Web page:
Spinal Problems Bone Coccydynia

Coccydynia is a condition categorized by inflammation and pain of the coccyx (tailbone). Although the cause of this specific type of tailbone pain and inflammation is often unknown, any injury or stress that affects the tailbone or surrounding muscles and nerves can lead to coccydynia pain.

Possible stressors of this coccyx pain include:

  • Childbirth
  • Fall or other injury
  • Prolonged sitting on hard surfaces
  • Repeated stress from activities such as horseback riding, bicycling or motorcycle riding
  • Spinal cyst, tumor or infection (in rare situations).

The only possible way to prevent coccydynia and the associated tailbone pain is to avoid activities that might lead to excessive stress or injury, including prolonged sitting.

Symptoms of Coccydynia

Unfortunately, the symptoms of coccydynia aren’t exclusive to this condition. Your doctor will need to rule out other possibilities such as infection, pilonidal cysts and bone fracture. Common symptoms of coccydynia include:

  • Back pain
  • Coccyx pain when sitting down or changing between sitting and standing
  • Pain during sexual intercourse
  • Pain or spasm of pelvic muscles
  • Painful bowel movements
  • Tenderness directly over tailbone.

Diagnosis of Coccydynia

Since symptoms such as tailbone pain may coincide with other conditions, you’ll want to get a proper diagnosis to confirm that you are indeed experiencing coccydynia pain. In order to confirm this diagnosis, your doctor may administer the following tests:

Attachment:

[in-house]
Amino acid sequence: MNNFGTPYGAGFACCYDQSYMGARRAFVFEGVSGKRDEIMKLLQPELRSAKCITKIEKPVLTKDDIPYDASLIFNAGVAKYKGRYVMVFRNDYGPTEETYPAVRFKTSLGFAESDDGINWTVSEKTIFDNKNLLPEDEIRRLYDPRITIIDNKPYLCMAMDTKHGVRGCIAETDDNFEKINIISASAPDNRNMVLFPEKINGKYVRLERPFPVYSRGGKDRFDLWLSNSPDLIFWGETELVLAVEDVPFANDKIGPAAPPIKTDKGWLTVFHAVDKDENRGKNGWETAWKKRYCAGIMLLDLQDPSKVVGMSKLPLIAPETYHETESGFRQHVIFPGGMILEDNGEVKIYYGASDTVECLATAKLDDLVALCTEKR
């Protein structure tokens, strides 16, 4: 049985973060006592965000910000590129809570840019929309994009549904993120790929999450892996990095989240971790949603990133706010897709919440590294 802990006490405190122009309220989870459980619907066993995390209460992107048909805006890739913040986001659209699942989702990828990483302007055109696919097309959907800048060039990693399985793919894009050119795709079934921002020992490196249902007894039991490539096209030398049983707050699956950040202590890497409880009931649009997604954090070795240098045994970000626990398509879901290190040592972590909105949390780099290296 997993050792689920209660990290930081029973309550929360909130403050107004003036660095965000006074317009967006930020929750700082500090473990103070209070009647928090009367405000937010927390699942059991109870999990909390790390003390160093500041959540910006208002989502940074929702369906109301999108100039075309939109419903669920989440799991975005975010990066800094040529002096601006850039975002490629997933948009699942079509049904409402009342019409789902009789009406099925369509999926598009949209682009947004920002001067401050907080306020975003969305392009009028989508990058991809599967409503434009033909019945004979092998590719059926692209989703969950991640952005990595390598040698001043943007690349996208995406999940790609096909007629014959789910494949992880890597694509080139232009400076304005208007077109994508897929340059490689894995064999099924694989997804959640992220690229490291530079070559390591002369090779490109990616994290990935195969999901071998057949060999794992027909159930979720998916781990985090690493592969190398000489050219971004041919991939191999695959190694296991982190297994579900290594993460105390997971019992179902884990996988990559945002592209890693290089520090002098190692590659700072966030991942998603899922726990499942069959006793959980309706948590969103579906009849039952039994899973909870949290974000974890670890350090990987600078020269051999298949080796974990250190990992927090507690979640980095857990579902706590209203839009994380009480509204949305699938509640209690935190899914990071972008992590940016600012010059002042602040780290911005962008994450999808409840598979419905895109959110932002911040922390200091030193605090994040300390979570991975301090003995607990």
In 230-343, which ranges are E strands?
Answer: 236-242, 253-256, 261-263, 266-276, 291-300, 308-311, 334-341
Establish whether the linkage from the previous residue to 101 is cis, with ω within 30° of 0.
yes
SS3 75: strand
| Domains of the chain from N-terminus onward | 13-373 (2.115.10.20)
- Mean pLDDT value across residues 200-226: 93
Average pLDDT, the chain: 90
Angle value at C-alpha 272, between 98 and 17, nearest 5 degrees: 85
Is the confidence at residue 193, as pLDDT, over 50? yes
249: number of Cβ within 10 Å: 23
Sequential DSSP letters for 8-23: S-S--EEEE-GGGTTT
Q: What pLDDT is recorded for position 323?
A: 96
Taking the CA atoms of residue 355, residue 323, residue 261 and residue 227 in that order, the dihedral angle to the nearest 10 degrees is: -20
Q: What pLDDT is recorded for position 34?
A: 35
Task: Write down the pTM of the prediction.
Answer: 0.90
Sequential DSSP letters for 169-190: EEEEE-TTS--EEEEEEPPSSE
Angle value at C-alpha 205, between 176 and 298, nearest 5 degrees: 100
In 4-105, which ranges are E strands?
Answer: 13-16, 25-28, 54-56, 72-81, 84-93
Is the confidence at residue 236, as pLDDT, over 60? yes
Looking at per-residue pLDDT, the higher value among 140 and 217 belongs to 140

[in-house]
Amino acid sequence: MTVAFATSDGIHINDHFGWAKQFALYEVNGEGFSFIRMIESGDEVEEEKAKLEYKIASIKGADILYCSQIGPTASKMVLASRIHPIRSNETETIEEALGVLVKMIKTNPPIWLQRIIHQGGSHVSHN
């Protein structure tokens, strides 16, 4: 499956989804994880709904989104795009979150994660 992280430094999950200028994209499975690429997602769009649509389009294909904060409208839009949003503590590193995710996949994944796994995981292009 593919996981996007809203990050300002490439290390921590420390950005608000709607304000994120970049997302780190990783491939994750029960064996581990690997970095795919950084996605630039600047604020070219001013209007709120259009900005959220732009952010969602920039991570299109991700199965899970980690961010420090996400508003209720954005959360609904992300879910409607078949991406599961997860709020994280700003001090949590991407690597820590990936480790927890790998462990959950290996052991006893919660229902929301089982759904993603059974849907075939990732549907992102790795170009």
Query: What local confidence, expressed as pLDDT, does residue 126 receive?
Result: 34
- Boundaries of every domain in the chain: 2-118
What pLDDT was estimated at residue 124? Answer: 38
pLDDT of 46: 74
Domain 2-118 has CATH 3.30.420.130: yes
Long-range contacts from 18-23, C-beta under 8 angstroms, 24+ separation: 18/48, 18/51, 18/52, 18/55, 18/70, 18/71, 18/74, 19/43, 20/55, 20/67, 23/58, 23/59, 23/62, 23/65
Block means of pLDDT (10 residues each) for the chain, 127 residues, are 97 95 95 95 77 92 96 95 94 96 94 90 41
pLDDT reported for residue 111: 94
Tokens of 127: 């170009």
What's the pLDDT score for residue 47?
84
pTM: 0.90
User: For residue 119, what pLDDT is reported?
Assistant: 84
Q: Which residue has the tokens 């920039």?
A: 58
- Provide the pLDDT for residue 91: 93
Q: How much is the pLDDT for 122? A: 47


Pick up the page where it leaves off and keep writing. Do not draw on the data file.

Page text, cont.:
• Anesthesia test: Your doctor may inject local anesthesia into your coccyx region. If the injection results in immediate pain relief, this suggests coccydynia.
  • CAT scan: These images of your brain may rule out other, more serious conditions, such as cancer.
  • MRI exam: Your doctor may complete a seated MRI exam, which will identify any irregular weight patterns in your coccyx region.
  • X-ray: Your doctor may take two X-rays: one sitting and one standing. Major differences between the position of the coccyx in these two may suggest instability in the this region.

Tailbone Pain Treatment Options

Initial treatment for coccyx pain often includes non-steroidal anti-inflammatory drugs (NSAIDs) and the use of a sitting cushion to reduce tailbone pain when sitting. Other treatments for coccydynia may include:

  • Chiropractic or osteopathic realignment of the spine
  • Heat therapy
  • Massage therapy
  • Physical therapy to strengthen the pelvic muscles
  • Sitz baths (soaking the hips and buttocks)
  • Steroid injections (local nerve block)
  • Ultrasound therapy.

In rare and very severe cases, surgery to remove the coccyx (coccygectomy) might be considered. However, surgery is not guaranteed to relieve coccydynia pain.


Cleveland Clinic Staff. (2010). Coccydynia (Tailbone pain). Retrieved March 26, 2010, from http://my.clevelandclinic.org/disorders/Coccydynia/hic_Coccydynia_Tailbone_Pain.aspx

Cocccyx Pain Staff. (2007). Dynamic (sit/stand) x-ray. Retrieved April 12, 2010, from http://www.coccyx.org/investig/dynamic.htm

Cresse, M. (2009). Coccydynia. Retrieved March 26, 2010, from http://www.med.nyu.edu/patientcare/library/article.html?ChunkIID=445932

Spine Universe Staff. (2009). Coccydynia: Tailbone pain. Retrieved March 26, 2010, from http://www.spineuniverse.com/conditions/coccydynia/coccydynia-tailbone-pain